Advanced Search
MyIDEAS: Login to save this article or follow this journal

Live and prerecorded popular music consumption

Contents:

Author Info

  • Juan Montoro-Pons

    ()

  • Manuel Cuadrado-García

    ()

Registered author(s):

    Abstract

    No abstract is available for this item.

    Download Info

    If you experience problems downloading a file, check if you have the proper application to view it first. In case of further problems read the IDEAS help page. Note that these files are not on the IDEAS site. Please be patient as the files may be large.
    File URL: http://hdl.handle.net/10.1007/s10824-010-9130-2
    Download Restriction: Access to full text is restricted to subscribers.

    As the access to this document is restricted, you may want to look for a different version under "Related research" (further below) or search for a different version of it.

    Bibliographic Info

    Article provided by Springer in its journal Journal of Cultural Economics.

    Volume (Year): 35 (2011)
    Issue (Month): 1 (February)
    Pages: 19-48

    as in new window
    Handle: RePEc:kap:jculte:v:35:y:2011:i:1:p:19-48

    Contact details of provider:
    Web page: http://www.springerlink.com/link.asp?id=100284

    Related research

    Keywords: Live and prerecorded popular music; Participation; Audiences; Cultural demand; Cultural capital; Bivariate probit model; D12; C25; Z10; Z11;

    Find related papers by JEL classification:

    References

    References listed on IDEAS
    Please report citation or reference errors to , or , if you are the registered author of the cited work, log in to your RePEc Author Service profile, click on "citations" and make appropriate adjustments.:
    as in new window
    1. Luigino Bruni & Luca Stanca, 2005. "Watching alone: Relational Goods, Television and Happiness," Working Papers 90, University of Milano-Bicocca, Department of Economics, revised Jun 2005.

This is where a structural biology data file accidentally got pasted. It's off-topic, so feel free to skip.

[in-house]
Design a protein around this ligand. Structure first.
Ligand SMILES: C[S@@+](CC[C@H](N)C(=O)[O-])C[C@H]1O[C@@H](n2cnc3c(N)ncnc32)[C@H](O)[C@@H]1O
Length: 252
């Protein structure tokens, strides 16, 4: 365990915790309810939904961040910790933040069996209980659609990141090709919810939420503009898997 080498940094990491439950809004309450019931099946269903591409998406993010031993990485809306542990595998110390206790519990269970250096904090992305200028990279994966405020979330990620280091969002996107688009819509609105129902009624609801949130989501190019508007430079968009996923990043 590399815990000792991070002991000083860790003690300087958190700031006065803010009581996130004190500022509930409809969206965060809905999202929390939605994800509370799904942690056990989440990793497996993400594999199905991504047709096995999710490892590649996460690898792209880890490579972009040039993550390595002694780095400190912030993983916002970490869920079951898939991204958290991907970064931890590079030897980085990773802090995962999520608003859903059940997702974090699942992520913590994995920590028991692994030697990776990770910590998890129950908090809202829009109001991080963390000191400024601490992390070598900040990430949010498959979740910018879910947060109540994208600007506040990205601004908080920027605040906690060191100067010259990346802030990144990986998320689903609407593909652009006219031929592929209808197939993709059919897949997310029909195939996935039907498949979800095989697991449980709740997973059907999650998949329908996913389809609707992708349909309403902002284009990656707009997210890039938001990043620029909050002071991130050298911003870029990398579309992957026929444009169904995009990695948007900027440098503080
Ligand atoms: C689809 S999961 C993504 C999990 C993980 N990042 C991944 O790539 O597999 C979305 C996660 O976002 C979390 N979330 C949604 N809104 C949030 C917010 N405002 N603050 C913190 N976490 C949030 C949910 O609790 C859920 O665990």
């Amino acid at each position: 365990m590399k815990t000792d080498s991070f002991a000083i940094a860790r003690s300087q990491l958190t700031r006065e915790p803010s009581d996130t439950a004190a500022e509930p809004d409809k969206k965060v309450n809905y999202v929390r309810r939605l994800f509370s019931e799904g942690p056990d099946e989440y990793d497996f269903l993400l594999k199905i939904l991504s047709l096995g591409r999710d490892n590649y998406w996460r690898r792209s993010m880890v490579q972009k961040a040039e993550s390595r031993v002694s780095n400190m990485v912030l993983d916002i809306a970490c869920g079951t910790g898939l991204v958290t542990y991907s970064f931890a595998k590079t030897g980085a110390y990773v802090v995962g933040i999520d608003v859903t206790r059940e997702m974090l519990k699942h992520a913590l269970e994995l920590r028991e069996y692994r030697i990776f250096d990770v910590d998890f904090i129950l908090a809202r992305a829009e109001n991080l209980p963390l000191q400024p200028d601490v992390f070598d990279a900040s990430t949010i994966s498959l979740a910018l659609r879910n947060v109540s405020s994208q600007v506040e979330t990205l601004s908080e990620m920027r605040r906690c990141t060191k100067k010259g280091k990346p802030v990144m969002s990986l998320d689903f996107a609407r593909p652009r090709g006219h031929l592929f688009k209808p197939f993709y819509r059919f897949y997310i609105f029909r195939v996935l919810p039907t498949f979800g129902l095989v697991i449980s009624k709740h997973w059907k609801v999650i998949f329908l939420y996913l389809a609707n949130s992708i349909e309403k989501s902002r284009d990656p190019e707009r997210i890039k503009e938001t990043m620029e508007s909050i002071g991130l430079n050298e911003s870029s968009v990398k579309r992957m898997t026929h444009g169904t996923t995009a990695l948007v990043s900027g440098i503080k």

2. Victoria Ateca-Amestoy, 2008. "Determining heterogeneous behavior for theater attendance," Journal of Cultural Economics, Springer, vol. 32(2), pages 127-151, June.
    3. Juan Prieto-Rodríguez & Víctor Fernández-Blanco, 2000. "Are Popular and Classical Music Listeners the Same People?," Journal of Cultural Economics, Springer, vol. 24(2), pages 147-164, May.
    4. Juan Montoro Pons & Manuel Cuadrado García, 2008. "Legal origin and intellectual property rights: an empirical study in the prerecorded music sector," European Journal of Law and Economics, Springer, vol. 26(2), pages 153-173, October.
    5. Alan B. Krueger, 2005. "The Economics of Real Superstars: The Market for Rock Concerts in the Material World," Journal of Labor Economics, University of Chicago Press, vol. 23(1), pages 1-30, January.
    6. Earl, Peter E., 2001. "Simon's travel theorem and the demand for live music," Journal of Economic Psychology, Elsevier, vol. 22(3), pages 335-358, June.
    7. Seaman, Bruce A, 2006. "Empirical Studies of Demand for the Performing Arts," Handbook of the Economics of Art and Culture, Elsevier.
    8. Felix Oberholzer-Gee & Koleman Strumpf, 2007. "The Effect of File Sharing on Record Sales: An Empirical Analysis," Journal of Political Economy, University of Chicago Press, vol. 115, pages 1-42.
    9. Louis Lévy-Garboua & Claude Montmarquette, 1996. "A microeconometric study of theatre demand," Journal of Cultural Economics, Springer, vol. 20(1), pages 25-50, March.